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Andy Murray's three fruitless trips to the finals of the Australian Open? Child's play. The Buffalo Bills' four straight losses in the Super Bowl? Impressive, but still a disappointing disappointment. For real futility, Mickelson is your man. Six times, he's come in second at the U.S. Open. Six times.

"Truly," writes Grantland founder and sportswriter Bill Simmons, "Phil Mickelson is the greatest not-quite-the-greatest in the history of pro sports. No one else possesses that uncanny blend of exceptional talent, terrific drive, and that intangible something that keeps him from being a champion."

In a consoling phone call to Mickelson following his heartbreaking loss at this year's Open, San Diego Mayor Bob Filner said, "San Diego is proud to call you a resident, Phil. As the second-best city in Southern California, we feel we're the perfect home for a true runner-up like yourself."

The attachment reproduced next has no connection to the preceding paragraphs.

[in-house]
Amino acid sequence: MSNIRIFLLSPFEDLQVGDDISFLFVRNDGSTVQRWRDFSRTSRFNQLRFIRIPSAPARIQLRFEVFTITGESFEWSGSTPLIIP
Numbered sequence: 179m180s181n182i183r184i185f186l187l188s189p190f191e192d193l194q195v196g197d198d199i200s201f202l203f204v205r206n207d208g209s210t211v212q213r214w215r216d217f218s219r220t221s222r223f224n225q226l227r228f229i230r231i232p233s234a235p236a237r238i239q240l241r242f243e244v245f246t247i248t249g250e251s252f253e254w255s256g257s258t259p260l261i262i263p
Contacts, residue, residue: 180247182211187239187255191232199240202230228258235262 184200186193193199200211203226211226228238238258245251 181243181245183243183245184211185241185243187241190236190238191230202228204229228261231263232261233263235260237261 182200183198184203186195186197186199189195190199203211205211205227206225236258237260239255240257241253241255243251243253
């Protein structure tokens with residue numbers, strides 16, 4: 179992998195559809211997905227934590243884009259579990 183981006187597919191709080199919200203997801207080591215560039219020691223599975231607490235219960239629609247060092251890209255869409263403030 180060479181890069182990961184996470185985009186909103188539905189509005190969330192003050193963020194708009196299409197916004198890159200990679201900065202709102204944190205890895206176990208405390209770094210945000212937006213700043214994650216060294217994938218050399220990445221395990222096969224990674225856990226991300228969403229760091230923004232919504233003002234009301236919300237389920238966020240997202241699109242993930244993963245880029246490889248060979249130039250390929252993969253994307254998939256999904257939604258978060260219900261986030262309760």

Jan Winer, a columnist for the Buffalo Dispatch, sounded a rare note of dissent, saying that Buffalo's status as #2 among #2s made it an even more perfect #2 in terms of sheer almostness, but he was quickly shouted down by his peers. "When it comes to picking the guy with the goose egg by his name, it's 'Nil Phil' all the way," quipped ESPN.com columnist Rick Reilly. "You can bet on it. I always do."

Reached for comment, Mickelson pointed out that he has in fact won three Masters and a PGA Championship. "Doesn't that count for anything?" he asked.

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